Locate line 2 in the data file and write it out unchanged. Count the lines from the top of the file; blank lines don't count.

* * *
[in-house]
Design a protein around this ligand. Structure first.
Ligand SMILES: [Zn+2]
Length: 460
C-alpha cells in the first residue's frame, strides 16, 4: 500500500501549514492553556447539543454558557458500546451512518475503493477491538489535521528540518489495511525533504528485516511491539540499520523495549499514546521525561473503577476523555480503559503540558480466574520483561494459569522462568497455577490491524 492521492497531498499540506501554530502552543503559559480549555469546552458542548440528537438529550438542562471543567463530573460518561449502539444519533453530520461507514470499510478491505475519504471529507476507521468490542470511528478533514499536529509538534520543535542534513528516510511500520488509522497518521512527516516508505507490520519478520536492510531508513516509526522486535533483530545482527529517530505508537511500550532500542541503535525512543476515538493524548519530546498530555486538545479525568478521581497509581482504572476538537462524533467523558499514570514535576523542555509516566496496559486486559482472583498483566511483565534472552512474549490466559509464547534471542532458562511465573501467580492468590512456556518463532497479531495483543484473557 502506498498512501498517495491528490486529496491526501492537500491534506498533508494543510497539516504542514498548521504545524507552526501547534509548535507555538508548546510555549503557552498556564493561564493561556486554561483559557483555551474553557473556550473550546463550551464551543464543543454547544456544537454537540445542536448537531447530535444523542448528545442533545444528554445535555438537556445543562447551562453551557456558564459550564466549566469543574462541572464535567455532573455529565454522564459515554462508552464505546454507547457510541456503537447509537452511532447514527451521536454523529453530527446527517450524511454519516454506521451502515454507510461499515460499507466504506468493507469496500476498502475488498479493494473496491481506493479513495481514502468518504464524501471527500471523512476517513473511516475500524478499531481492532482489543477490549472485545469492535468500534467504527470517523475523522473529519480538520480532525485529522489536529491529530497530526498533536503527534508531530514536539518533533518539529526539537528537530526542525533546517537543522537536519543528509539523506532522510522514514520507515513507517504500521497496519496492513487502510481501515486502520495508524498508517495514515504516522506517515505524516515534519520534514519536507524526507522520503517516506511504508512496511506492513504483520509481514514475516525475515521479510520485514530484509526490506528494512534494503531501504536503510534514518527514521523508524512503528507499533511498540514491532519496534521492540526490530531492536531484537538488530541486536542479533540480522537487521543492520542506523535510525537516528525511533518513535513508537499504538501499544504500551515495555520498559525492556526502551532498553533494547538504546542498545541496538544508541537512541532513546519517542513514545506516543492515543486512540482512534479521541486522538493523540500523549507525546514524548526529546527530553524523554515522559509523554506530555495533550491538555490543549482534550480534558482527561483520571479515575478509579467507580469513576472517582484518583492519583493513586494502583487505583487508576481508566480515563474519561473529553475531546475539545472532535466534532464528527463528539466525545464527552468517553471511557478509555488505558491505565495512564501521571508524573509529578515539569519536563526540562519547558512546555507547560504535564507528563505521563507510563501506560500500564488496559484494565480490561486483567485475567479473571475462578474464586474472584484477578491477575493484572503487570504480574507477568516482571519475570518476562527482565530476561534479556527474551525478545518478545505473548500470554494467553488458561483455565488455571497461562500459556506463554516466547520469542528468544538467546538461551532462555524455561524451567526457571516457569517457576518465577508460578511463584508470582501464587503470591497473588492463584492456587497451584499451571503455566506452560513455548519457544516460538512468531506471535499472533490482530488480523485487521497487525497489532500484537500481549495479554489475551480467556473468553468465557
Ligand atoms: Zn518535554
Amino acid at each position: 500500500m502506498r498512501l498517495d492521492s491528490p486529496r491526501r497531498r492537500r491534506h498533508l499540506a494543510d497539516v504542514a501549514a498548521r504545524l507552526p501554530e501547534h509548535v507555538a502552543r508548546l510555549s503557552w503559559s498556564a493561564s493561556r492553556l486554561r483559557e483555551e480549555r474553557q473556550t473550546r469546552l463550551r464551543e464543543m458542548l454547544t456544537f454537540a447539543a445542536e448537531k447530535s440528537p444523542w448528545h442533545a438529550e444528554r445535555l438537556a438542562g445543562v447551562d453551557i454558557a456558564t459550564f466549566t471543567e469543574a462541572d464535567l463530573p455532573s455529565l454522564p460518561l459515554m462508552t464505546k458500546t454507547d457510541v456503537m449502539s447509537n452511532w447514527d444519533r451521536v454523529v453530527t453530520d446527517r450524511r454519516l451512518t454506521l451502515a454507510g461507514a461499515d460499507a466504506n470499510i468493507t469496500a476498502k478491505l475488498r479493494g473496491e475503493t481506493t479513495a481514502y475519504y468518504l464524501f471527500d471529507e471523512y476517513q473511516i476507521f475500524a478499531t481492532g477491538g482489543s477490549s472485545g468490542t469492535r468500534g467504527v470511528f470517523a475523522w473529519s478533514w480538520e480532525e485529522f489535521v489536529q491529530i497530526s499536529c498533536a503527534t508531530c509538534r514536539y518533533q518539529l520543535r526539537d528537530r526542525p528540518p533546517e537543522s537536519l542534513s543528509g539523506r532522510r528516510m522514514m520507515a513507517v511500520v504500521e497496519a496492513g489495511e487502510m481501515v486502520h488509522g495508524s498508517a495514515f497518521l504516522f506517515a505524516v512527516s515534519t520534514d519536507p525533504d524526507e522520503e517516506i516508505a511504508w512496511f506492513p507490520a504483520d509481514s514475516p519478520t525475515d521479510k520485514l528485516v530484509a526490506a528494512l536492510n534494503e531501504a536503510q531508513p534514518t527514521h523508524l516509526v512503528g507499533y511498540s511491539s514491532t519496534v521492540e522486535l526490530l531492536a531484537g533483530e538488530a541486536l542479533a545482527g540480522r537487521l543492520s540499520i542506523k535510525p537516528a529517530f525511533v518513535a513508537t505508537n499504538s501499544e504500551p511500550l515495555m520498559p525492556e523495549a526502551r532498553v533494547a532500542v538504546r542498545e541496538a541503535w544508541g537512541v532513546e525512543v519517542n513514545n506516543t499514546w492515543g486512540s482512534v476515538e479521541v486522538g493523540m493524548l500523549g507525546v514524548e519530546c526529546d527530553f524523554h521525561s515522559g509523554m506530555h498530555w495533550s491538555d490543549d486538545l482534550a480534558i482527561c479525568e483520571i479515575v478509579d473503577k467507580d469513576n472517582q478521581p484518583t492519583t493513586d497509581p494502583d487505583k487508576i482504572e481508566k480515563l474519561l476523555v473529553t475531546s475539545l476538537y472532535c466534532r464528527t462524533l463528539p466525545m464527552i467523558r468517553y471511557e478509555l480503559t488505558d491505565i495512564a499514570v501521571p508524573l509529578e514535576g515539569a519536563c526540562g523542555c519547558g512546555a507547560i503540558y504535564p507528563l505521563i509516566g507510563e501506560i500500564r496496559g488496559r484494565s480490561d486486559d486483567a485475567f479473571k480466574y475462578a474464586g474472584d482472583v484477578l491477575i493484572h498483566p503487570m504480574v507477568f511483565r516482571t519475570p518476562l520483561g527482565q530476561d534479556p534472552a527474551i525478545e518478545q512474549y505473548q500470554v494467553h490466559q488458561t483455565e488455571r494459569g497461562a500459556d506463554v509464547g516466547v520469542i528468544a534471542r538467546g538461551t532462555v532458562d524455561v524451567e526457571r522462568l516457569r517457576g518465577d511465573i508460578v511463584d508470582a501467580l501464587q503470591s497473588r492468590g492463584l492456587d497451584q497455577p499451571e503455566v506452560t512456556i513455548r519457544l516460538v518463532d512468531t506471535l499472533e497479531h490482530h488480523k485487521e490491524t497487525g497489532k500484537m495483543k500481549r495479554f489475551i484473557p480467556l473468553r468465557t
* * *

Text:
Design a protein around this ligand. Structure first.